Positivity is something that can be learned. Google “positive thinking” and there are literally dozens of blogs and articles with tip lists of varying lengths, all designed to promote positivity, some of which could leave the most optimistic of us grinding our teeth with cynicism! However, there are some (five, for those who like lists!) fairly straightforward and achievable steps to developing a positive outlook.

The first step is to banish negativity – be on the lookout for negative thinking and particularly negative language in our internal dialogues. If the voice in your head is telling you something is too difficult, complicated, won’t work, etc then stop! Consciously put those thoughts to one side and replace the negative narrative with something more positive. Sure, the thing may be challenging, but it’s an opportunity to learn something new, foster collaboration or develop a new approach. Success is rarely guaranteed, but framing a challenge in a positive way can be highly energising…even that really boring task you absolutely hate doing has the benefit that once it’s done you’ll feel better for not having it hanging over you.

Banishing negativity also extends to those around you…try to surround yourself with positive, supportive people, who will reinforce your efforts. It’s easy to be derailed by people who say “why bother, its likely to fail”. If you can’t avoid being with a negative person, because they’re a close relative or colleague, you can still take control of their impact on you. You might ask them not to make negative comments, explaining their effect on you, or you could simply practice ignoring their pessimism….their comments are just a bunch of sound waves, compressions in the air that make your eardrums wiggle, and nothing more, if that’s what you choose.

Be open to humour, and find opportunities to laugh, as laughter is a great way of lifting your mood and banishing stress and negativity. Find something that appeals to you, save some links and take time out from negative situations to visit them.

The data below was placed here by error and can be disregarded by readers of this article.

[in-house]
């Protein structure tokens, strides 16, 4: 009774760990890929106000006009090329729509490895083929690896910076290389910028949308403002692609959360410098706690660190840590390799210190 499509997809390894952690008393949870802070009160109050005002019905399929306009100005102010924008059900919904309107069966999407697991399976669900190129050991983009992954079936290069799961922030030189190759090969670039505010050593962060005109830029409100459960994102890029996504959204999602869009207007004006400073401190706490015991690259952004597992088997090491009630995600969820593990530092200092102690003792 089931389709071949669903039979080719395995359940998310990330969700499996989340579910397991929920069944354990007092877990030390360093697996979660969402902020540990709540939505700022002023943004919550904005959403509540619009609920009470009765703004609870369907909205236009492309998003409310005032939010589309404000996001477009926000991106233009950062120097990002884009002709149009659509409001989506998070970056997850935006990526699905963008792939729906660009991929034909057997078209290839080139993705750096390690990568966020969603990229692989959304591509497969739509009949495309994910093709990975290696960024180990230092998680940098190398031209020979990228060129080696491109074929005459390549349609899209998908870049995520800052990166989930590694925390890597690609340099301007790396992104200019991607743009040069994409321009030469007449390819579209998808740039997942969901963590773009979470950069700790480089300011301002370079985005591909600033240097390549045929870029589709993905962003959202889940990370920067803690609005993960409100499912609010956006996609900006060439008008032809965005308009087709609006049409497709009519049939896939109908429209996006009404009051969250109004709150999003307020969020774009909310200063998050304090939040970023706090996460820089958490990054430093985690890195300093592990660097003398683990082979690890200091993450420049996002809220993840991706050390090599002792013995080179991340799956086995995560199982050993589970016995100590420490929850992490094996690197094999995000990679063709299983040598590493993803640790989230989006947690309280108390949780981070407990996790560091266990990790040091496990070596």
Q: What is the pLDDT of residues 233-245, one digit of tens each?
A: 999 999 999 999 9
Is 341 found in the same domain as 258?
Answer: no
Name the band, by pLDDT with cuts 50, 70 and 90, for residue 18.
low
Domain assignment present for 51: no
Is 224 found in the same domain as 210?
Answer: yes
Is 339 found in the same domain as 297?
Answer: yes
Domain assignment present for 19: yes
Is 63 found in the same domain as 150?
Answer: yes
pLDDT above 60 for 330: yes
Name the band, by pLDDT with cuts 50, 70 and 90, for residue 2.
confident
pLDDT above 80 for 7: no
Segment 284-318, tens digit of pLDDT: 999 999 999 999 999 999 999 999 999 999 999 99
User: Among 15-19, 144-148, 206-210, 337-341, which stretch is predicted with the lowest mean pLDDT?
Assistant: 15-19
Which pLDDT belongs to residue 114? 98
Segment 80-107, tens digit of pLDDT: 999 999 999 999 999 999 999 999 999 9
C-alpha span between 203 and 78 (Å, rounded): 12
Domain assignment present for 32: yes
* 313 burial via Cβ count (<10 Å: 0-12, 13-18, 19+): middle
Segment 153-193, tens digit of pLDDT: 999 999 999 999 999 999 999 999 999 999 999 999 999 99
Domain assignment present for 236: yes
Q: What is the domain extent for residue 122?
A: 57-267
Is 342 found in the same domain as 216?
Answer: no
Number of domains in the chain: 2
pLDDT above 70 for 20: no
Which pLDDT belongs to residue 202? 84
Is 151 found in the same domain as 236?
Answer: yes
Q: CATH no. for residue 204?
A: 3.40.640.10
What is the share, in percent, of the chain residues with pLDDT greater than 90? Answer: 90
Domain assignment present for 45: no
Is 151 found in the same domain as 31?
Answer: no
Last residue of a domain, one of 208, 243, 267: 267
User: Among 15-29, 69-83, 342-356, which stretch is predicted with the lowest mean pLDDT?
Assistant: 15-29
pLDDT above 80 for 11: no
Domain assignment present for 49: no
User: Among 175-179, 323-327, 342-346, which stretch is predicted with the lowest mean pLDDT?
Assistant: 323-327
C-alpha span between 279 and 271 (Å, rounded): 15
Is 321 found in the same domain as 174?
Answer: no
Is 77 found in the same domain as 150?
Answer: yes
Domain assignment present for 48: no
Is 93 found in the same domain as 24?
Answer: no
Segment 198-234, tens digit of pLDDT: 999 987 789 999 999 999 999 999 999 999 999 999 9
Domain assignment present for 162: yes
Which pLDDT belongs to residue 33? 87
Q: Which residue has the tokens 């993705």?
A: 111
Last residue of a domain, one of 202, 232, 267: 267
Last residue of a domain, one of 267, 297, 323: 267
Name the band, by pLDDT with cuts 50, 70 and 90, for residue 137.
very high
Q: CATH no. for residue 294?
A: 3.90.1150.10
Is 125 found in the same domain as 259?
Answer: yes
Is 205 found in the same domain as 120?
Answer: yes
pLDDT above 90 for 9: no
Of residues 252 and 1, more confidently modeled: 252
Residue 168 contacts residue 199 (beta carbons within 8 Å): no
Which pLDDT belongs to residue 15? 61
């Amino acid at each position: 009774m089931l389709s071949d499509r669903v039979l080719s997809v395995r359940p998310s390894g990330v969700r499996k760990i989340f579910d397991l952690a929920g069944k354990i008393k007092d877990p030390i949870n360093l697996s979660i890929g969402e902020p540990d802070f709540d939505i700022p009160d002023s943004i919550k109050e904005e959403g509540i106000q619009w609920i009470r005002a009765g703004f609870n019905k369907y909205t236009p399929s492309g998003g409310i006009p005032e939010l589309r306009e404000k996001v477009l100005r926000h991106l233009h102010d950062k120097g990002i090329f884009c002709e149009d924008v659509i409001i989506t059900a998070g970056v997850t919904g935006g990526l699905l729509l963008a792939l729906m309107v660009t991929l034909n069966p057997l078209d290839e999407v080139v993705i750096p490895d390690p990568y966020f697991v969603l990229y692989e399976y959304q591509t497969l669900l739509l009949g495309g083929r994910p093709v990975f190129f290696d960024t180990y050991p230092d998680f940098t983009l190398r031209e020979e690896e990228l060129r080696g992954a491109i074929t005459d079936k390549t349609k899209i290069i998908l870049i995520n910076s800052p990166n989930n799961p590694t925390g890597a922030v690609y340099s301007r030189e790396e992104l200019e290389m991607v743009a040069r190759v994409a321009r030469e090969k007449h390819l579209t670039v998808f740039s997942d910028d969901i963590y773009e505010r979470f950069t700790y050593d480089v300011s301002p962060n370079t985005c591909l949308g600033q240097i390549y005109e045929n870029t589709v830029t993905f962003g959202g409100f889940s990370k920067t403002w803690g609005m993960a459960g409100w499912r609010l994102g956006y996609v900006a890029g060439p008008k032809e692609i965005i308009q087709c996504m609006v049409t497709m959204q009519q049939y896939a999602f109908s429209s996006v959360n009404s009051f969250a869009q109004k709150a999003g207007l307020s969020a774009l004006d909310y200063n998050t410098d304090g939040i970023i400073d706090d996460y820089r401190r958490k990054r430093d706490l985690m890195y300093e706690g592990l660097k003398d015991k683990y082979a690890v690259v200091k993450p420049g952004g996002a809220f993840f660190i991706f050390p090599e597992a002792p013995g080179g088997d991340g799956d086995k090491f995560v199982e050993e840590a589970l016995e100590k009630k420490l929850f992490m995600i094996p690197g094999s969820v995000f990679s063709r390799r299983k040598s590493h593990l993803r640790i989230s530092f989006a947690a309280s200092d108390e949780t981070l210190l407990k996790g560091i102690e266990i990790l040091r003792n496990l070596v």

Widen your horizons by taking up a hobby, developing a new skill, or taking part in new social activities. Variety really is the spice of life, and having interests other than work and home provides a kind of psychological diversification…things may be going badly in one sphere of life but it’s unlikely that things are challenging in every sphere, providing an escape hatch from difficult situations.

And be healthy…taking care of yourself by exercising regularly, eating sensibly and getting enough sleep, contributes to feeling good and being positive. Meditation, yoga and mindfulness techniques can help foster a sense of physical and mental well-being providing the best backdrop for positive thinking.

Positive thinking will not prevent bad things from happening, nor should it be a means of ignoring potential challenges or disruptions, but there is a big difference between sensible contingency planning and living life under the assumption that each situation will have a bad outcome. Positive thinking means that when those challenges arise, you will be able to focus your energy on how things can be improved, and in the meantime, we can enjoy the unicorns!

Kathryn Porter has spent her career in the finance and energy sectors, and mentors women working in traditionally male roles. She usually writes about the energy industry on her blog www.watt-logic.com.